sports psychologist & clinical psychology

Will statistics, psychology bounce Pitt’s way?

Pittsburgh Post-Gazette – Mark Roth – March 20, 2009 – As the Pitt Panthers begin NCAA tournament play, it’s likely their fans have a split personality.

Even if they don’t want to admit it, a sizable proportion may be focused on how soon the team is going to disappoint them. Others are wondering how they can get to Detroit to watch Pitt play in the championship next month.

How realistic is either mindset?

For the answers, we turn to the experts — social psychologists, computer scientists, sports psychologists and behavioral economists.

None of them has played Division I hoops, and one even said, “You couldn’t fathom the depth of my ignorance about college basketball.” But they have something else going for them — a knowledge of statistics and the way humans behave.

Pitt has made it into the tournament for eight straight years, but has never made it past the Sweet Sixteen, or third round.

And while that may be a statistical trend of sorts, it may not be the right one to use this year, says Sheldon Jacobson, a computer scientist at the University of Illinois.

The key this year is that Pitt is a No. 1 seed, meaning the NCAA selection committee made it the top pick in one of four regions. In the past, Pitt was never higher than a second seed, and in most of the eight-year span, it ranged between a third and fifth seed.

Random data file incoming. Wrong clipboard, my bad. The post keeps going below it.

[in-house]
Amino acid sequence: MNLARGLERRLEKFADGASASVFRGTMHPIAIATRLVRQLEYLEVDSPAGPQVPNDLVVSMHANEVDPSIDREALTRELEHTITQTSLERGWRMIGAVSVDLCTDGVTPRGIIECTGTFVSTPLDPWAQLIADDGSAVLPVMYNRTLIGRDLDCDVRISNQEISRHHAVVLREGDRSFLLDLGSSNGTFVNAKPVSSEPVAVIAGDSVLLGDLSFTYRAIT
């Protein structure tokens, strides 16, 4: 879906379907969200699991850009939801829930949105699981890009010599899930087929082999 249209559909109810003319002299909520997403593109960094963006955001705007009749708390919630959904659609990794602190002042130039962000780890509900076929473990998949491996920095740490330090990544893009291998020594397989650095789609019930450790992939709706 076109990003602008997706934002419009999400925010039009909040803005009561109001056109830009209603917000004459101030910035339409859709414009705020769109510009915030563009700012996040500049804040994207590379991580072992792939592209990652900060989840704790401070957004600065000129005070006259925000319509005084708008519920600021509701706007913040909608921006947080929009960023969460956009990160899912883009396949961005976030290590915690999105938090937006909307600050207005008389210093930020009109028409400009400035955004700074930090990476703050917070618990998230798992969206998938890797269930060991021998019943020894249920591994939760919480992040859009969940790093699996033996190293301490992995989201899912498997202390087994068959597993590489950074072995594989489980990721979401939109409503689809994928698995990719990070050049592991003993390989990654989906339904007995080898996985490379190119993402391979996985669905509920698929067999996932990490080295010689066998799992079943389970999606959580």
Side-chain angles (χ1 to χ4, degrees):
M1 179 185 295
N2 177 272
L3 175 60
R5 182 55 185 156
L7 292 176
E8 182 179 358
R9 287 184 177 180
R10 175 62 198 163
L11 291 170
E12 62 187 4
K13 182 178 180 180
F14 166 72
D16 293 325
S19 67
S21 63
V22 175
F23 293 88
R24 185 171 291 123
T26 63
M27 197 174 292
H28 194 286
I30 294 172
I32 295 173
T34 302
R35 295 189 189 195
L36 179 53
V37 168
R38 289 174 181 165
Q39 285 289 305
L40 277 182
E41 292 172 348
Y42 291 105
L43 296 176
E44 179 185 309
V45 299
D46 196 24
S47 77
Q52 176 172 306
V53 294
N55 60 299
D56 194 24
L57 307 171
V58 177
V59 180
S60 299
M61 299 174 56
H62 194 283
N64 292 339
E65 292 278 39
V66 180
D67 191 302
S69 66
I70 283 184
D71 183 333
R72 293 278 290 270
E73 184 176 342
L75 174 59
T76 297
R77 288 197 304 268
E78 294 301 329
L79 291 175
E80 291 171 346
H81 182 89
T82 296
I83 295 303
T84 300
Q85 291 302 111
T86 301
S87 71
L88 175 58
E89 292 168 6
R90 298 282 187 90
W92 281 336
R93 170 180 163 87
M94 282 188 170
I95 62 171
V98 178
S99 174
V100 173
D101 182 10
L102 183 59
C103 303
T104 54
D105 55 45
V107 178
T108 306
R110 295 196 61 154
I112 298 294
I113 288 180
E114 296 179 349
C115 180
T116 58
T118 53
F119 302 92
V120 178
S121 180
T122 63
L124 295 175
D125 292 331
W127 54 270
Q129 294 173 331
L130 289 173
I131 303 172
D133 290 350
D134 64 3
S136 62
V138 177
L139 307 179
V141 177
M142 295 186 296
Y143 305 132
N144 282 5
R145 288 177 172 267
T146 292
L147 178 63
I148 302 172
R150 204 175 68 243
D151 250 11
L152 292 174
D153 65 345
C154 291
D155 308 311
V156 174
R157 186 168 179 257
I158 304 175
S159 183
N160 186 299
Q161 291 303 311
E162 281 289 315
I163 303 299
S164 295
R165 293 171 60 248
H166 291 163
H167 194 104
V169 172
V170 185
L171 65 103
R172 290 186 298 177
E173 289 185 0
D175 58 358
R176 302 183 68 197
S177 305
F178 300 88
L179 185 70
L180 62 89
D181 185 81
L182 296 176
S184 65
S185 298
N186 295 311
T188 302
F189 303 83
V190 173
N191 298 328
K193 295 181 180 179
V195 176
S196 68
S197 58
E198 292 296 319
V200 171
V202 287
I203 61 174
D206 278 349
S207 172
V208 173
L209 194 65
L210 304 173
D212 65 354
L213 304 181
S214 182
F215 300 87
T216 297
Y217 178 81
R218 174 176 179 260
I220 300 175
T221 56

The historical difference in outcomes for No. 1 seeds in the first rounds of the tournament is startling.

Since the modern version of the tournament began in 1985, 72 percent of the No. 1 seeds have won in the Sweet Sixteen round. But only 46 percent of the second seeds have won in that round, and only 24 percent of third seeds have.

So, says social psychologist Jonah Berger of the University of Pennsylvania, the question for any glass-half-empty Pitt fans should be: “What is the correct reference point to use here? Is it past performance, or is it the expectation for a No. 1 seed?”

On the other hand, for those who believe Pitt will relentlessly sweep into the championship game, Dr. Jacobson has these words of caution — once the tournament reaches the fourth round, with just the Elite Eight teams remaining, there is absolutely no statistical difference in results between the Nos. 1, 2 and 3 seeds.

But wait, some fans will say, didn’t all four No. 1 seeds make it into the Final Four last year?

Pity them. They haven’t heard of “regression to the mean,” which is a fancy mathematical way of saying the law of averages will eventually win out.

In the 24 years the modern NCAA tournament has existed, No. 1 seeds have made it into the Final Four about a quarter of the time. So this year, Dr. Jacobson said, the odds are that there will be one and maybe two No. 1 seeds that make it that far (the others are Louisville, Connecticut and North Carolina).

As the teams push forward in the tournament, most fans want their favorites to play with a comfortable lead in each game. It’s easier on the nerves and lowers copious consumption of various snack foods.

But being ahead is not always the best thing, the experts say.

The University of Pennsylvania’s Dr. Berger just finished a study that showed that when college basketball teams are behind by one point at halftime, they go on to win more than half the time, and win at a rate that is about six percentage points better than would have been expected.

“The key take-home from this,” Dr. Berger said, “is that losing can be motivating, and as a result can lead you to more success.”